LAHORE, Feb 12: Customs authorities continue to release imported plastic scrap merely on generalised letters and certificates from exporters in violation of the Import Policy Order which categorically asks for compliance to the provisions of the Basel Convention, sources in the industry told Dawn on Tuesday.

The Basel Convention specifies 27 waste streams and 18 constituent materials whose presence in any product can make it hazardous.

During January, over 2,500 tons plastic scrap was released from different ports in Punjab with 56 per cent from the Lahore Prem Nagar, 38 per cent from the Lahore Thokhar Niaz Baig, three per cent from the Lahore Dry Port and three per cent from the Multan Dry Port.

Scrap of European and Middle Eastern origin continued to be released on generalised certificates in gross violation of existing regulations despite that it was made mandatory to get the hazard clearance certificate from originating country fresh scrap imports, sources said. They added that the scrap was being released on letters and certificates from exporters claiming that plastic scrap destined for Pakistan is non-hazardous.The sources said the custom authorities responsible for allowing these violations should be held accountable for their action.

In addition, the sources said, the bulk of hazardous plastic scrap originates from the Middle Eastern countries. The January 2013 plastic scrap import data reveals that 47 per cent came from Saudi Arabia (which continues to be the single largest scrap exporter to Pakistan), 12 per cent from UAE and seven per cent from Bahrain.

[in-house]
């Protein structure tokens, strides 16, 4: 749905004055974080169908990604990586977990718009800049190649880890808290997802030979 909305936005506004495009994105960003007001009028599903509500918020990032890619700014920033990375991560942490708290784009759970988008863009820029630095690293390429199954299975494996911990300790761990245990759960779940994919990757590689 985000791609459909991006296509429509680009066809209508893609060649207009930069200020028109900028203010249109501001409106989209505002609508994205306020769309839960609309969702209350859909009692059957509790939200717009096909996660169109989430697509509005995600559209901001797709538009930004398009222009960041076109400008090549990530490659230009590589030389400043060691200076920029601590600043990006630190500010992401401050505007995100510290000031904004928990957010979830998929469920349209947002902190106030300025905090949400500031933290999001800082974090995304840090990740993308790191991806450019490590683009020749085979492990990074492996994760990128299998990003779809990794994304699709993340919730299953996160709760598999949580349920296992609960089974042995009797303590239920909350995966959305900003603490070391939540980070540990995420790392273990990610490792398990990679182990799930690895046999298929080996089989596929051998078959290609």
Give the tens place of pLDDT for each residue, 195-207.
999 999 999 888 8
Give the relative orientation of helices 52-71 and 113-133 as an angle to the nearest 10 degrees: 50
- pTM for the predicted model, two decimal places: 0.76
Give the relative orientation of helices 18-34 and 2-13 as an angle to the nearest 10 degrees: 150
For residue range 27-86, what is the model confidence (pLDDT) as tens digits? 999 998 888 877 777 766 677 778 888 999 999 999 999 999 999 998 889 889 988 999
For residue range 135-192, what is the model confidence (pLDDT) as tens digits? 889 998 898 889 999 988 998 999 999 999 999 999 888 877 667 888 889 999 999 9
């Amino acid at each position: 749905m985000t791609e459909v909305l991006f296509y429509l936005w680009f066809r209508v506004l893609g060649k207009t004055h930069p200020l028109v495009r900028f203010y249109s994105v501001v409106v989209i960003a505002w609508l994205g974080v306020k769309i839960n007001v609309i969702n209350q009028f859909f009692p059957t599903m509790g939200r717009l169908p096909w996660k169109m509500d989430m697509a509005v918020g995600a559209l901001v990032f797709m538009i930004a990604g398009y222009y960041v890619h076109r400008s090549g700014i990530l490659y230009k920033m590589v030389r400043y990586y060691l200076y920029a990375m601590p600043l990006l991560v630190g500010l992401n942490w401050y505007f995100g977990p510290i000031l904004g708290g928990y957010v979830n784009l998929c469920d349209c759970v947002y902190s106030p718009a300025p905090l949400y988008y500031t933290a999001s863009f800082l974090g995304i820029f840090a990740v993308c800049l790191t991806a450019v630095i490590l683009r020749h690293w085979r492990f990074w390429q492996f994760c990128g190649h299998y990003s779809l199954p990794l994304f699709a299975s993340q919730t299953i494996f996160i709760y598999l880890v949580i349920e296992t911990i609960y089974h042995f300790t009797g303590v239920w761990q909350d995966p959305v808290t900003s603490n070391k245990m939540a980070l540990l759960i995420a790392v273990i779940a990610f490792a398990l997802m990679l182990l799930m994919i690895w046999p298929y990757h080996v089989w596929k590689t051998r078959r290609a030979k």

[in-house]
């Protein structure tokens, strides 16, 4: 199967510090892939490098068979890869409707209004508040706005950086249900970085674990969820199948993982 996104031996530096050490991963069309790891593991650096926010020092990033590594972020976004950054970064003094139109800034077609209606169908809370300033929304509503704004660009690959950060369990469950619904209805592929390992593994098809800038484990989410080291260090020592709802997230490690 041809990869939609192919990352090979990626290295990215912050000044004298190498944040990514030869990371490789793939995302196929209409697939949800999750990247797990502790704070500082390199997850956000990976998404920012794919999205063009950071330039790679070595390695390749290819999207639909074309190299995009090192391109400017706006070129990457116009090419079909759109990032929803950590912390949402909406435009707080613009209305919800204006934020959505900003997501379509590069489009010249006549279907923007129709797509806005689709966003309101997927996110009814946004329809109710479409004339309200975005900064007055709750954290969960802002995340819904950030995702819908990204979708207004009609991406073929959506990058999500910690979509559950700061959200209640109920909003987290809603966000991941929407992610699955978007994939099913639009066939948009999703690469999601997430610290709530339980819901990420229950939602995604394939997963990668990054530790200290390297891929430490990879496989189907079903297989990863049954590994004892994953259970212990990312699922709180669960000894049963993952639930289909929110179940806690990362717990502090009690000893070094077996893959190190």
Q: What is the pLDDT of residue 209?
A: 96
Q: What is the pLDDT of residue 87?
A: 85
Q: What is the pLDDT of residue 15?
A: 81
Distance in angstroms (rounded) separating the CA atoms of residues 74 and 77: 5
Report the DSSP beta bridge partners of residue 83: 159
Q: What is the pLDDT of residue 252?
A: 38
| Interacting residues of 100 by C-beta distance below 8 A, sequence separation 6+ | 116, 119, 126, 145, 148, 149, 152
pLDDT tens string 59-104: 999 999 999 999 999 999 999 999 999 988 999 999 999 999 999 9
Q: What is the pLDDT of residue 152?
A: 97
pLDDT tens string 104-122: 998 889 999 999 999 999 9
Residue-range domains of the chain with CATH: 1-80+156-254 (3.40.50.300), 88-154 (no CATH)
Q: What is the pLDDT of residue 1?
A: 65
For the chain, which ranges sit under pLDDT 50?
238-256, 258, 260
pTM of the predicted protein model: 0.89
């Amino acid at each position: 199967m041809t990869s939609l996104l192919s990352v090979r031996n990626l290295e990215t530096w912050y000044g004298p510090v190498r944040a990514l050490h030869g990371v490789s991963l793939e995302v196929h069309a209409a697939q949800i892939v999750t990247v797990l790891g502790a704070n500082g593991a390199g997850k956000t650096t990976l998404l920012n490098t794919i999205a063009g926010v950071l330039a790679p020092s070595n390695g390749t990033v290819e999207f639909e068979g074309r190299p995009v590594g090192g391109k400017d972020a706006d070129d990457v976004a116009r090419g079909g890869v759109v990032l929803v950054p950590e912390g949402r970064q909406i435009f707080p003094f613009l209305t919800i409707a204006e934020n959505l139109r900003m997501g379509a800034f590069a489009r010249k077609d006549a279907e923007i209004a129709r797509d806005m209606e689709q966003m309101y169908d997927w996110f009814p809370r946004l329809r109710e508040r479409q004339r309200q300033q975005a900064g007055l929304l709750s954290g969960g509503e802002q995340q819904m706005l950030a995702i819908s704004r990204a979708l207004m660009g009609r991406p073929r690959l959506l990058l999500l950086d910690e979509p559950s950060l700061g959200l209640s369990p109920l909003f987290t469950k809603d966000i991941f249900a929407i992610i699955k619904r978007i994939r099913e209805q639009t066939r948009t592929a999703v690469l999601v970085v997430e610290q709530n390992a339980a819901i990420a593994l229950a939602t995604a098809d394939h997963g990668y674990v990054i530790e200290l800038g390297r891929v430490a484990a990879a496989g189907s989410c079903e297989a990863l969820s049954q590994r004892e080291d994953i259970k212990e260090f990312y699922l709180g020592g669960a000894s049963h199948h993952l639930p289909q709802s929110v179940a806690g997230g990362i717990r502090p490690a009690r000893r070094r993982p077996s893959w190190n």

The import policy of Pakistan states that scrap can only be imported by the manufacturers for their own use subject to the condition that they shall furnish to the customs authorities a certificate from relevant government agency of the exporting countries that the goods are not hazardous and comply with the provisions of the Basel Convention.

Pakistan imports all kinds of plastic scrap including sewerage and drainage pipes, medical and clinical waste, cable insulation, bottles, food containers, packaging film etc containing contaminants and traces of pesticides, pest dump, chemicals, pathogens and polymers of unknown composition, which can pose fatal hazards to the lives of those being exposed to them.

The sources confirmed that in the past scrap was released on certification by the Pakistani office of an international pre-shipment inspection company. However, they claimed, it doesn’t have the capability to carry out tests to certify whether the product is hazardous or not as per Basel convention. They said the pre-shipment inspection company only carried out visual inspection and drew conclusion based on Gama readings, which are inappropriate forms of analysis.

“It's high time that the Government of Pakistan takes a position on hazardous scrap import by approaching these countries, in particular Saudi Arabia, to curb dumping of hazardous scrap in Pakistan and also hold those responsible for persistently violating the import policy accountable,” a source said.

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